Amazon Prime Stations vs. iTunes Radio

Amazon Prime Stations has finally launched in the UK, nearly a year after it arrived on the other side of the Atlantic.

Prime Stations is an ad-free radio service that allows Prime subscribers to select a genre or artist and tune into a non-stop station playing relevant and related tracks. It’s possible to “thumbs up” or “thumbs down” specific tracks – to help the service understand your taste. The service is accessible via a Web browser or on mobile devices and the Fire TV, and it even includes song lyrics via Amazon’s “X-Ray Lyrics” feature, according to a report in Stuff.

Amazon Prime Stations

Now you may be wondering at this point what exactly there is here to get excited about? I felt like that too to begin with, especially as I have a seemingly endless choice of similar services at my fingertips.

However, a big factor here is the fact that Apple has quietly removed free access to iTunes radio, necessitating a need to subscribe to Apple Music to access it. Spotify has a free subscription, yes, but it’s supported by ads. Amazon has just handed this out – gratis – to Prime subscribers in the UK and USA.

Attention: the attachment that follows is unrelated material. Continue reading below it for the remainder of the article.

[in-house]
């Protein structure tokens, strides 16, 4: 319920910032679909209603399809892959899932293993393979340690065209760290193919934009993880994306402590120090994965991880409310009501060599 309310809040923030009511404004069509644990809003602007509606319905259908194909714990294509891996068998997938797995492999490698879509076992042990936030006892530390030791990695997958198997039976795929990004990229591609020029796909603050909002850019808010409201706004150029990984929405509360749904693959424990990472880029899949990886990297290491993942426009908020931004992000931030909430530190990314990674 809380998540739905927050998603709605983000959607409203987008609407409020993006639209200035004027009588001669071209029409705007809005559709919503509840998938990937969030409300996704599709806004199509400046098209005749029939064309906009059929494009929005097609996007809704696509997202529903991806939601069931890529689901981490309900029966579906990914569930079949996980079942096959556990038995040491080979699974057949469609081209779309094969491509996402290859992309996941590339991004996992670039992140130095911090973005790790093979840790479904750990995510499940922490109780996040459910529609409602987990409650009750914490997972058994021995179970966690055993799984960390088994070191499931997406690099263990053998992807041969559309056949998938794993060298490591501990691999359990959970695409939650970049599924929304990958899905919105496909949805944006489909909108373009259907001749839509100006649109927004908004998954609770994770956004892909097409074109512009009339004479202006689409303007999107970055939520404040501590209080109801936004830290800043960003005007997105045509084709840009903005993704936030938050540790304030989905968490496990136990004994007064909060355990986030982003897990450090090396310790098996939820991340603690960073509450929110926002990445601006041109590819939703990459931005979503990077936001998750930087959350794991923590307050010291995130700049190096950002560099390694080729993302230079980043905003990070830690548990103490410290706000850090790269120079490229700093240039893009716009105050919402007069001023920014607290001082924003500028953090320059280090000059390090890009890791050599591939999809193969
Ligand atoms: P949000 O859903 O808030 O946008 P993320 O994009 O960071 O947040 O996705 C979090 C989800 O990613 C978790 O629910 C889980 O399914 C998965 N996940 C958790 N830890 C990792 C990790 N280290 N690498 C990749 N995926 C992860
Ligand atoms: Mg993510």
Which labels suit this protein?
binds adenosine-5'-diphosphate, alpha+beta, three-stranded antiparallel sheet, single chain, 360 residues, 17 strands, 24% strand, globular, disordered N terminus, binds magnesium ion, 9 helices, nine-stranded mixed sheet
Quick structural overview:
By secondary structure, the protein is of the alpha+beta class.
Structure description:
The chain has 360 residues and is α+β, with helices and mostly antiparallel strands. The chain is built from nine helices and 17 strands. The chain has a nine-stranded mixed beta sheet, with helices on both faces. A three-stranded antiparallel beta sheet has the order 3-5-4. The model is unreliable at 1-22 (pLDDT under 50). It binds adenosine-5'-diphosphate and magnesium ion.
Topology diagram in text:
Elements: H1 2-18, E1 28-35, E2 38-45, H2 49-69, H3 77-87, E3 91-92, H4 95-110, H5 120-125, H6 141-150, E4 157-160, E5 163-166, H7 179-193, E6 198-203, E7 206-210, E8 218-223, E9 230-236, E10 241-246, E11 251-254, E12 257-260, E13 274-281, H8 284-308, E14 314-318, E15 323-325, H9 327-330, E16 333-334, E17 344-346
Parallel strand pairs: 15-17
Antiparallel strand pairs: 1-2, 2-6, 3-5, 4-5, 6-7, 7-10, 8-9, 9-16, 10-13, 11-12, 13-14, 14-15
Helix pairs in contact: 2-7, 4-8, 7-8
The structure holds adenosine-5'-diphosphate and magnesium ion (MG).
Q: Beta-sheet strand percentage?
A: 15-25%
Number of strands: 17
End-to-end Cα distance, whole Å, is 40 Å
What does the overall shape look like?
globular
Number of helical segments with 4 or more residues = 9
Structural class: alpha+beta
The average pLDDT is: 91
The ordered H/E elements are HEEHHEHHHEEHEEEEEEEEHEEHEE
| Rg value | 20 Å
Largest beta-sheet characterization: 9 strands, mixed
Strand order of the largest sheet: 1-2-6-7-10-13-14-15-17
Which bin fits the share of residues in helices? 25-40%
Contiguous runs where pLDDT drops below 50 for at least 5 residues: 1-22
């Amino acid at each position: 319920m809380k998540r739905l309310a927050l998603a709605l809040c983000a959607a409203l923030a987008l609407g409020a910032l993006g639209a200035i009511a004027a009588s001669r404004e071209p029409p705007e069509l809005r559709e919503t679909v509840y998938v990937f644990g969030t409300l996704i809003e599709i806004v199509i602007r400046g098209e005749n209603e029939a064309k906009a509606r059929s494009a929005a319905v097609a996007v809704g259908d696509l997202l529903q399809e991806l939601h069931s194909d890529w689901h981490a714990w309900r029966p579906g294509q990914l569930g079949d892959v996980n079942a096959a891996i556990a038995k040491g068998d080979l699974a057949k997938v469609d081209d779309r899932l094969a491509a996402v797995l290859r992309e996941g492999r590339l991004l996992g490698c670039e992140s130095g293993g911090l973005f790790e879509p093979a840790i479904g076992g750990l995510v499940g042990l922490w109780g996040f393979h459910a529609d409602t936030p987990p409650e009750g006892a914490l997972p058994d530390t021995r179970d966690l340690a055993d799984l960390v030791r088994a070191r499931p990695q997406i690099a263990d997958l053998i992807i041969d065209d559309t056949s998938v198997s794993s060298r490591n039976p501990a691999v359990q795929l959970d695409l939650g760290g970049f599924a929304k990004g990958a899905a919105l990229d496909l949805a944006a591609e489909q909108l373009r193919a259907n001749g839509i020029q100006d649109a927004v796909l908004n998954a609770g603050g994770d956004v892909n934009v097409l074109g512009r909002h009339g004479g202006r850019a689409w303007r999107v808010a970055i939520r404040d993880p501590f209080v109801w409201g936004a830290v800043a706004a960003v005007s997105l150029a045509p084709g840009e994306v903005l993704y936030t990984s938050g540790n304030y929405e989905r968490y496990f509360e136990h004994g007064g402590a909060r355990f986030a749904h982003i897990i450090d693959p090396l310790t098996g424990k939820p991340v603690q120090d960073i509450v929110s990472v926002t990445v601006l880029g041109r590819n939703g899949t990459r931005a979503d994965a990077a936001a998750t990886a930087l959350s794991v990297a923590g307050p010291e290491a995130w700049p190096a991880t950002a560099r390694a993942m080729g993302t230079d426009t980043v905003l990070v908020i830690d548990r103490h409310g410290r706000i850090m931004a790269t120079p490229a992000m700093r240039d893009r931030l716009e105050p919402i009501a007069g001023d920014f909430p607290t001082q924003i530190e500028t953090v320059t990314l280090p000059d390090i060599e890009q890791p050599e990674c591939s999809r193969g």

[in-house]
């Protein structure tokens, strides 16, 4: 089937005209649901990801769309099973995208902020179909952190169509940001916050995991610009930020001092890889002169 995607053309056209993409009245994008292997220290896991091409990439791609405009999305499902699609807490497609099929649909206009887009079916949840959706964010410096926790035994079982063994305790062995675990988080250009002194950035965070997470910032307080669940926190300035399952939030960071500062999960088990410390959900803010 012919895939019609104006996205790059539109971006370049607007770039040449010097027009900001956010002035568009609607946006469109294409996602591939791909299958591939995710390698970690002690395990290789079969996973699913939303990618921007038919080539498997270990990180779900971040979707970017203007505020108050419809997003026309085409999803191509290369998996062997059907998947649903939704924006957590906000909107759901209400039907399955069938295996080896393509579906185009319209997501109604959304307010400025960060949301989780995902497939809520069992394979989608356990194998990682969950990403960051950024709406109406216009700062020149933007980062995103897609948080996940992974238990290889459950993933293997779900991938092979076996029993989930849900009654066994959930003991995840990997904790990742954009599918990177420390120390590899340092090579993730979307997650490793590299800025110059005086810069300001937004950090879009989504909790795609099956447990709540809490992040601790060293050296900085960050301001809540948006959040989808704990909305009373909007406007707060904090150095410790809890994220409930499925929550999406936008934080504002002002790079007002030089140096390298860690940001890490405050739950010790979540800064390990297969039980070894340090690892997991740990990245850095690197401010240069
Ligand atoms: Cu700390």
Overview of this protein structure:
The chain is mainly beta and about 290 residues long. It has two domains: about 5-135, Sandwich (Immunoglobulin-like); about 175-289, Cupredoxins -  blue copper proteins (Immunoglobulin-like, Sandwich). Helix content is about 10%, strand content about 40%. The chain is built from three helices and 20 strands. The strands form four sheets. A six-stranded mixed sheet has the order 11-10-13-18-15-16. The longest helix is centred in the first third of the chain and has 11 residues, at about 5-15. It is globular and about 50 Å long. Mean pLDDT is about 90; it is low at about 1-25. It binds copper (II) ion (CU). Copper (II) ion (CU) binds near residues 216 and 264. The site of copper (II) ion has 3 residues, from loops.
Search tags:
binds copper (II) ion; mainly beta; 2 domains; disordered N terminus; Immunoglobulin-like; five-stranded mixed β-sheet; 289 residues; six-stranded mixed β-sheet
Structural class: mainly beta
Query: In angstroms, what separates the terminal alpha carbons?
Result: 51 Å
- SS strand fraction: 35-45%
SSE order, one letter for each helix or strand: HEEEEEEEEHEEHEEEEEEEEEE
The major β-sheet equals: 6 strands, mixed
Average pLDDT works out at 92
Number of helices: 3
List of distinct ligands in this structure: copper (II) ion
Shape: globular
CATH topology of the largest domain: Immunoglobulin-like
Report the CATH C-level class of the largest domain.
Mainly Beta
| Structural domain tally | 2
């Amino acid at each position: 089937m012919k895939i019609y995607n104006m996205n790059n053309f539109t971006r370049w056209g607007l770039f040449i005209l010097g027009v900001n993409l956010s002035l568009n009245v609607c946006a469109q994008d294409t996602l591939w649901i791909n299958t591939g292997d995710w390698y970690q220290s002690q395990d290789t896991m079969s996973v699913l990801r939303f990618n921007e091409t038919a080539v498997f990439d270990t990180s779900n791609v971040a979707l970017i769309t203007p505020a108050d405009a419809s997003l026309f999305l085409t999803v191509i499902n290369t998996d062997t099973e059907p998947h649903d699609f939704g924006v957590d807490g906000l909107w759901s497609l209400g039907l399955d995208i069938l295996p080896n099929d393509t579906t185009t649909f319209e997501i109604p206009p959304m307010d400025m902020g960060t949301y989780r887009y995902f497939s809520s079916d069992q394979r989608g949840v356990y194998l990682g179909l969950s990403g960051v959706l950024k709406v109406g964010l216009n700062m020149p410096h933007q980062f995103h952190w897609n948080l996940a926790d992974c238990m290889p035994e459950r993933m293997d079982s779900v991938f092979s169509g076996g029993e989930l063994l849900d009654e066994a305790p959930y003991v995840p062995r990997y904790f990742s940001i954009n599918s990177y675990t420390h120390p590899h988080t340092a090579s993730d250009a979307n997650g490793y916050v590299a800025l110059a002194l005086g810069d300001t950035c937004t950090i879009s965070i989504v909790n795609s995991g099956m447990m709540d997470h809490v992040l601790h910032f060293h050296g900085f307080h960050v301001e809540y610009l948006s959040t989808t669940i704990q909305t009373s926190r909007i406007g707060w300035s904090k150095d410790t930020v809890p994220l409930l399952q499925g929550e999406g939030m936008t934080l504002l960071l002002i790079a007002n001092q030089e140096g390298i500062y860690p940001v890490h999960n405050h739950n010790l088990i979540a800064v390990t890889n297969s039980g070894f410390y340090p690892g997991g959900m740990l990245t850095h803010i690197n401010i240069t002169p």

Amazon is certainly raising its game of late, with great exclusive video content and an increasing list of extra benefits – Prime Stations being just one. If you’re someone who’d like access to ad-free music, but aren’t quite committed enough to pay for a subscription to Apple Music or Spotify, going with Amazon Prime is a good option. With free deliveries too, a Prime subscription at $99 per year (US price) offers a huge amount for the money – and Amazon seem very committed to its continual improvement too.

If you’re not currently located somewhere where Amazon Prime is available, check out our unblocking guide here. If you’d like to find out more about streaming music, check out my group test of Apple Music, Spotify, Tidal and Google Play.

Ben Taylor Written by Ben Taylor

Ben is a former government IT Director turned Internet entrepreneur. He runs several websites of his own, and provides bespoke IT consultancy to a range of UK clients. He also writes regular IT, business and lifestyle articles for a range of publications, both online and offline.

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